He chose a street of commerce, buildings two and three storeys tall with small gods or tutelary spirits on their signboards and carved in the mainbeams of their roofs. There were well-dressed people afoot and plenty of mules, along with minimal reek of chamber pots -- all indicating some prosperity. Where there was wealth, there was wisdom.
"A thousand pardons," the Angel said, stepping in front of a likely man wearing stained gray brocade and a worried expression. The Angel's voice was hollow and thin, for he had to draw air in to make his words, but he rarely thought to take enough. "May I beg of you some small assistance?"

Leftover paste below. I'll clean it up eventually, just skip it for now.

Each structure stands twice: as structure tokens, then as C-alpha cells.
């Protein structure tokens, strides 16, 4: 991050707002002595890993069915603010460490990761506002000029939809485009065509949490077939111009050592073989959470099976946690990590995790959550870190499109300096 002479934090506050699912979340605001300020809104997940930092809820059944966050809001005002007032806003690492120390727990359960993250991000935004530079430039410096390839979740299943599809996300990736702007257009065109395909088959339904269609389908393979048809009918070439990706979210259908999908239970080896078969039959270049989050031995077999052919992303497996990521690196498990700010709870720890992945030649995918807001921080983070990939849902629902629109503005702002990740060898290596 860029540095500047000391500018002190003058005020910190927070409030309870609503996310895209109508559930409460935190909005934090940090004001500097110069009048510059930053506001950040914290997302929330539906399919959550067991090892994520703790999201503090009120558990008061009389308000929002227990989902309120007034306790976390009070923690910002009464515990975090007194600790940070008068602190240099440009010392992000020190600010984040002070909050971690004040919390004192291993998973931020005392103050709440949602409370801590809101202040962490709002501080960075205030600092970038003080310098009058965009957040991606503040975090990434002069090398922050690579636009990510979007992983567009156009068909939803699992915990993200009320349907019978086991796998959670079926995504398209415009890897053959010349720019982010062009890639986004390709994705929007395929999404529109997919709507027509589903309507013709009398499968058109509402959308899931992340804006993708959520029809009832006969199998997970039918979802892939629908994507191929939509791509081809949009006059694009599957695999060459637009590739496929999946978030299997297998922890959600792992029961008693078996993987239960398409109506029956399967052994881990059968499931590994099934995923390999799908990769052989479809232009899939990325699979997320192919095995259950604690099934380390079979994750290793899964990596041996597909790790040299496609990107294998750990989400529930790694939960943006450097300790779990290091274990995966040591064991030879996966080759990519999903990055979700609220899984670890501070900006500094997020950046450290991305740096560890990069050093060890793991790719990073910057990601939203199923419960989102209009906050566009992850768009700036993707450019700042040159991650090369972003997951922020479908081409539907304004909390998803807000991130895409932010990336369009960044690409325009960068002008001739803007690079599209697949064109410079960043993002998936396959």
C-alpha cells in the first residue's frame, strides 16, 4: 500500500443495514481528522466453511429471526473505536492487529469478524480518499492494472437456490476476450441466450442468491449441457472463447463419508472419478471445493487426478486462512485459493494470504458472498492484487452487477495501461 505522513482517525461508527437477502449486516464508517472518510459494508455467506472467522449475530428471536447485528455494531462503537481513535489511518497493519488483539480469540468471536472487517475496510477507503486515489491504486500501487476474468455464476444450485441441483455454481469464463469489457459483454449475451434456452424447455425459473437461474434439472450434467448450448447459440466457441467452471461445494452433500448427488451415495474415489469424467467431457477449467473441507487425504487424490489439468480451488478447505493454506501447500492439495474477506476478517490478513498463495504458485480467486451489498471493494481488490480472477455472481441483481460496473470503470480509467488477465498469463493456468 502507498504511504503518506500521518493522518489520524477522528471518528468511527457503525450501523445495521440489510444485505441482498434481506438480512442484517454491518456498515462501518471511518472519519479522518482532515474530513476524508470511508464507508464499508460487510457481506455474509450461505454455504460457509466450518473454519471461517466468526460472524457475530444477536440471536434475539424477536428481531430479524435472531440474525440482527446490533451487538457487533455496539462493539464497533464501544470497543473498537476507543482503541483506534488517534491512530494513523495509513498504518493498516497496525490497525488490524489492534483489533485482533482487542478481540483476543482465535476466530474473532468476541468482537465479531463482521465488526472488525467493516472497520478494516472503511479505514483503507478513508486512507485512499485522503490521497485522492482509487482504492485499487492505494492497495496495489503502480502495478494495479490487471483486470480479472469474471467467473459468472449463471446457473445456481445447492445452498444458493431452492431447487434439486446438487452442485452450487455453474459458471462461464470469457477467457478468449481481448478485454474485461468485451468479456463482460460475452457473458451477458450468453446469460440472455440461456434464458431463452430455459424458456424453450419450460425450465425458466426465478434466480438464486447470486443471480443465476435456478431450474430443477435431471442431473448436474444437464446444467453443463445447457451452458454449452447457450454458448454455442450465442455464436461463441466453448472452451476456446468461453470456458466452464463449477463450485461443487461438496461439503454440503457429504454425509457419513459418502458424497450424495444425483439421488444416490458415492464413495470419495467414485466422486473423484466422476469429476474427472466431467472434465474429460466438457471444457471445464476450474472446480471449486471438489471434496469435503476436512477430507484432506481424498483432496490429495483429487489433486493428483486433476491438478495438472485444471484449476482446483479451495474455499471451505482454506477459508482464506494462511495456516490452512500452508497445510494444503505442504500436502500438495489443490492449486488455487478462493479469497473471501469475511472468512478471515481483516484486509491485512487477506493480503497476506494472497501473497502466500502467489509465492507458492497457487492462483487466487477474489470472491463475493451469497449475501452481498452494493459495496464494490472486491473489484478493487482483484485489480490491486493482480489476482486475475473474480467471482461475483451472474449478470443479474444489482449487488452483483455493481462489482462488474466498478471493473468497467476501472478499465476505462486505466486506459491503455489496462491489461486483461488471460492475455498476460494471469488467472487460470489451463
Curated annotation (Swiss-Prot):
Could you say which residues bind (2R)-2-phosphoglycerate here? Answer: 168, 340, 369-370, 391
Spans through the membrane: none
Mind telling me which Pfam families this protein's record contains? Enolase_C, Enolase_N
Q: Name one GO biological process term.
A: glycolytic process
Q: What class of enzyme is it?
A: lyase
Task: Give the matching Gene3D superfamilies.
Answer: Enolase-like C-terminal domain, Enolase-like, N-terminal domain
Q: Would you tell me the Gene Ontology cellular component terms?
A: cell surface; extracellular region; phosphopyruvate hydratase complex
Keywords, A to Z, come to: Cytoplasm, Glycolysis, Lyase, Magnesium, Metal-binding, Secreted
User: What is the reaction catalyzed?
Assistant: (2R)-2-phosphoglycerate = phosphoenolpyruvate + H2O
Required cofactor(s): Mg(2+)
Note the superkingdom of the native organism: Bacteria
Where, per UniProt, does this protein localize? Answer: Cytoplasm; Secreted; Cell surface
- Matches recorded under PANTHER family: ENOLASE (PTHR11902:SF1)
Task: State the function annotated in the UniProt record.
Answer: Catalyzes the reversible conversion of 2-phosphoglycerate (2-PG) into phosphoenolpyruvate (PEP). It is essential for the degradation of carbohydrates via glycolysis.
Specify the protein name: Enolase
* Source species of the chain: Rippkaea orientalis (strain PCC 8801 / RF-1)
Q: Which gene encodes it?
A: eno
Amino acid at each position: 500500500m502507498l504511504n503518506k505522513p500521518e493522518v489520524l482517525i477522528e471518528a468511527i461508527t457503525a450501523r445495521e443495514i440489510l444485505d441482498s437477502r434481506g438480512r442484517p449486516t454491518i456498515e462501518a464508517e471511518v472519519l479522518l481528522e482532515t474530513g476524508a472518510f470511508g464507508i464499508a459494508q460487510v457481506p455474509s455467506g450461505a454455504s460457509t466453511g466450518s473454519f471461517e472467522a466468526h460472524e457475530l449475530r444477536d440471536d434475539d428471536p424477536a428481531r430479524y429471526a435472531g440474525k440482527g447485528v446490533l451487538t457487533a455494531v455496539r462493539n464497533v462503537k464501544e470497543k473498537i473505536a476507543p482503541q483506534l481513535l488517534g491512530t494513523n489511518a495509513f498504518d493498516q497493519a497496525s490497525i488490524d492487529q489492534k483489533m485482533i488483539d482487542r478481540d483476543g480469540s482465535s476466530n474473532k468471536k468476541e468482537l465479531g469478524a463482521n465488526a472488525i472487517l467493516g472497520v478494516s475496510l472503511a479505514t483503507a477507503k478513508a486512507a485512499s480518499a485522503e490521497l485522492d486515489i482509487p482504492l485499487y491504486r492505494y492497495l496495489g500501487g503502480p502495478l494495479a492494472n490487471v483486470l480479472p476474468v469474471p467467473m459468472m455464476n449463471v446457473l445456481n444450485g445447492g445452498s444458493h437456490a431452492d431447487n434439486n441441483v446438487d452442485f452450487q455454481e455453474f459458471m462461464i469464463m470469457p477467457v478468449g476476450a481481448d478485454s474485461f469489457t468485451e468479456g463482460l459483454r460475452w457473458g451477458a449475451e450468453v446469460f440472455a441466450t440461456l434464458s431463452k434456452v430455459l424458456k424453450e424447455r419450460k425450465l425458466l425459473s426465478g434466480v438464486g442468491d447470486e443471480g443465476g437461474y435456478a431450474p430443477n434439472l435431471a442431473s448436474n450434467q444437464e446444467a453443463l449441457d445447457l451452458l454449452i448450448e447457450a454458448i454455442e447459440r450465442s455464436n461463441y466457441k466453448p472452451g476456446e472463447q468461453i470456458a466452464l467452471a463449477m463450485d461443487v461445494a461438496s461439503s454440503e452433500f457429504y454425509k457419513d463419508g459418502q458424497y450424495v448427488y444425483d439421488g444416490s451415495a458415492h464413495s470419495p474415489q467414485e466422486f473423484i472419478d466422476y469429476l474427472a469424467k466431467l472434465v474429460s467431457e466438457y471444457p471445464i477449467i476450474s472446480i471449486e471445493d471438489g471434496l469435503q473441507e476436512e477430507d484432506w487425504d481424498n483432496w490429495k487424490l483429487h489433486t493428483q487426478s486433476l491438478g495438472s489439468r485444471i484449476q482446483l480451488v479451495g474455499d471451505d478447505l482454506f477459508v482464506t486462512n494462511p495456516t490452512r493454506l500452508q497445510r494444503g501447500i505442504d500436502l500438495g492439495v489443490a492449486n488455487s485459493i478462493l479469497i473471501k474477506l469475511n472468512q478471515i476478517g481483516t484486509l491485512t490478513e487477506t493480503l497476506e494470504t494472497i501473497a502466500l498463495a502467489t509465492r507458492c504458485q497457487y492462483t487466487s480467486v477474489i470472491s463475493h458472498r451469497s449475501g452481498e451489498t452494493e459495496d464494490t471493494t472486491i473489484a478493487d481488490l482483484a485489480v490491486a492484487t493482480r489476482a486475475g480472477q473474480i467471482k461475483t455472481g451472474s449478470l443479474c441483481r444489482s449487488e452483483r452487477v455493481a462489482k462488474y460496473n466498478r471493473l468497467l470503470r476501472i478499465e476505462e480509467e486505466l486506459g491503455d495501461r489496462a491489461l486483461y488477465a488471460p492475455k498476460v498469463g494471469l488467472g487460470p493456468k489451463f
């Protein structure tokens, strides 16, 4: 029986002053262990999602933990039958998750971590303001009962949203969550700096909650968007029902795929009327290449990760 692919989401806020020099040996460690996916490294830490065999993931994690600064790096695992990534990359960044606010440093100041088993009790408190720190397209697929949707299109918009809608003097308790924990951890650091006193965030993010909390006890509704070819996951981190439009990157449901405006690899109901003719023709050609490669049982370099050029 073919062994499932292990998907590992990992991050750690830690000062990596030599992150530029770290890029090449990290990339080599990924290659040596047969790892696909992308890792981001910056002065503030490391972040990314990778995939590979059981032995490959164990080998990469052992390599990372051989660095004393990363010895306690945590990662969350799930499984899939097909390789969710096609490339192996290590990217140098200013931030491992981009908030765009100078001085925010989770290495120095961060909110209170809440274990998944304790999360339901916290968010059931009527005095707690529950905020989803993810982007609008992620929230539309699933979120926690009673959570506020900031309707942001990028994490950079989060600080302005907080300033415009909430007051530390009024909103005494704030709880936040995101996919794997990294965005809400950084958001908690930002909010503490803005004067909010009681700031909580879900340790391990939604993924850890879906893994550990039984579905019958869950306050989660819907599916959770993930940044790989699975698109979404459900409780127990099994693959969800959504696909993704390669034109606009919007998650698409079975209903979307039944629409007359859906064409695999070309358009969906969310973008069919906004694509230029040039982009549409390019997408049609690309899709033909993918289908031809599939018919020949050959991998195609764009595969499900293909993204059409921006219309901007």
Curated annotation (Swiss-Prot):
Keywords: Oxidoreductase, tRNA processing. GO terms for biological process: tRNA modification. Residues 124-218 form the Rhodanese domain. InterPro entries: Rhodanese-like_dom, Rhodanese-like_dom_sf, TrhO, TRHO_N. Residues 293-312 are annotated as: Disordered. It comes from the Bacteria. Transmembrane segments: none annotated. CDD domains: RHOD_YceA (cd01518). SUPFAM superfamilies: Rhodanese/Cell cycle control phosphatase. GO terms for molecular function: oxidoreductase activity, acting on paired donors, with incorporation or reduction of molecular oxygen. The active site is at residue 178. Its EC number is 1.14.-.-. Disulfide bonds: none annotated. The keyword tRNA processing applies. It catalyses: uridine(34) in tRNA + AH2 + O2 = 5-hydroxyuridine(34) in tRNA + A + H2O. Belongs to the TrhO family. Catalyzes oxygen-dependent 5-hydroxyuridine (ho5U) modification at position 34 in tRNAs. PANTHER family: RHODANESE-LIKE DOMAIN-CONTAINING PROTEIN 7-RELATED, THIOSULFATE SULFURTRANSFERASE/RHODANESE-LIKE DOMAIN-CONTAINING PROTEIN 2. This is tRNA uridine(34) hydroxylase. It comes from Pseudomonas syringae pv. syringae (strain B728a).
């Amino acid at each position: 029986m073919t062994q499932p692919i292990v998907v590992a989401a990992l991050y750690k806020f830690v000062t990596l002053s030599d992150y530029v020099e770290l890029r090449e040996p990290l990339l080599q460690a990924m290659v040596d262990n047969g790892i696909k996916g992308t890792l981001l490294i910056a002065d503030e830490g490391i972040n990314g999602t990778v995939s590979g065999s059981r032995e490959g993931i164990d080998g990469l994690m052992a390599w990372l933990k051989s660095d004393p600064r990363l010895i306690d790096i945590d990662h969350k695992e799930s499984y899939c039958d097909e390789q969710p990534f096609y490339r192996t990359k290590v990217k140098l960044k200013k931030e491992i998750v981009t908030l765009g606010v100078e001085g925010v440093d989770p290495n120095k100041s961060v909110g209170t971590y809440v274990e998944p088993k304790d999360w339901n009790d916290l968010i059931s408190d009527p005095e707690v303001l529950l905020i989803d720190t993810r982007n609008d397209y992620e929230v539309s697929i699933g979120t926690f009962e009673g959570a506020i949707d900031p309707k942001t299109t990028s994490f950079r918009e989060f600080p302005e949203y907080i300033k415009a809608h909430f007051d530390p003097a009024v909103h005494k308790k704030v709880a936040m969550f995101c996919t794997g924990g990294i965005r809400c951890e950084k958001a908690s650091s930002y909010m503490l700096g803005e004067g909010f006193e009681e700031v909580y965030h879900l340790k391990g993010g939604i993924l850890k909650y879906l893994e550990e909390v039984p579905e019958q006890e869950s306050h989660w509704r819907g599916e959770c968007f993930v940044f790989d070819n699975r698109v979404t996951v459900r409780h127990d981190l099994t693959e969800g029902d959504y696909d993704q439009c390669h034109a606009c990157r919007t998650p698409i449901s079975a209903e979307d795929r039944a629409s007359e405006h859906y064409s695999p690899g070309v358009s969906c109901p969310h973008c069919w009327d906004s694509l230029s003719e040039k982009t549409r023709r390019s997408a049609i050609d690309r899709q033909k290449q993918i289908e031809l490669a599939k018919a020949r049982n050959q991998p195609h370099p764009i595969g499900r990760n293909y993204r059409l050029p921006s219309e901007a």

The worried man barely met the Angel's eye, nodding slightly, and pressed a worn copper in the Angel's hand before walking onward, muttering of debentures and defaults in some fiduciary incantation.
"Ah," the Angel said to no one in particular. He turned the copper over in his hand. It showed the vague profile of a man on one side -- or possibly a head of cabbage -- and something weaponlike on the other. Typical, he thought, and turned the copper in his fist until it spread lacy wings and flew away, a staggering, glinting progress brought to a quick end by a voracious pigeon.